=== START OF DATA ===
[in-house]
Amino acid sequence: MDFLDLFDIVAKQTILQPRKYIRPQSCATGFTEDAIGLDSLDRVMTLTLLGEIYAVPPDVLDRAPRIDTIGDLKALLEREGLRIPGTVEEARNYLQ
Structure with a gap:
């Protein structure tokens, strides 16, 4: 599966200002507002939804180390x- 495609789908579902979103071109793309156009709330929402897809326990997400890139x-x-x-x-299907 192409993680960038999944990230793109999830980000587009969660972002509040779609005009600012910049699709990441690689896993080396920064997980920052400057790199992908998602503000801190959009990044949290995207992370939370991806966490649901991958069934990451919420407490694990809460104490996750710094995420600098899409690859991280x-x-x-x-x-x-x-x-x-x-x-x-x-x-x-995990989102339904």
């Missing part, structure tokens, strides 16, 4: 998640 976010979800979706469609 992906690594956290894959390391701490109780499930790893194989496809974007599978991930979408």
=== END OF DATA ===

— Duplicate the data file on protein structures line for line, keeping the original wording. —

[in-house]
Amino acid sequence: MDFLDLFDIVAKQTILQPRKYIRPQSCATGFTEDAIGLDSLDRVMTLTLLGEIYAVPPDVLDRAPRIDTIGDLKALLEREGLRIPGTVEEARNYLQ
Structure with a gap:
């Protein structure tokens, strides 16, 4: 599966200002507002939804180390x- 495609789908579902979103071109793309156009709330929402897809326990997400890139x-x-x-x-299907 192409993680960038999944990230793109999830980000587009969660972002509040779609005009600012910049699709990441690689896993080396920064997980920052400057790199992908998602503000801190959009990044949290995207992370939370991806966490649901991958069934990451919420407490694990809460104490996750710094995420600098899409690859991280x-x-x-x-x-x-x-x-x-x-x-x-x-x-x-995990989102339904």
């Missing part, structure tokens, strides 16, 4: 998640 976010979800979706469609 992906690594956290894959390391701490109780499930790893194989496809974007599978991930979408």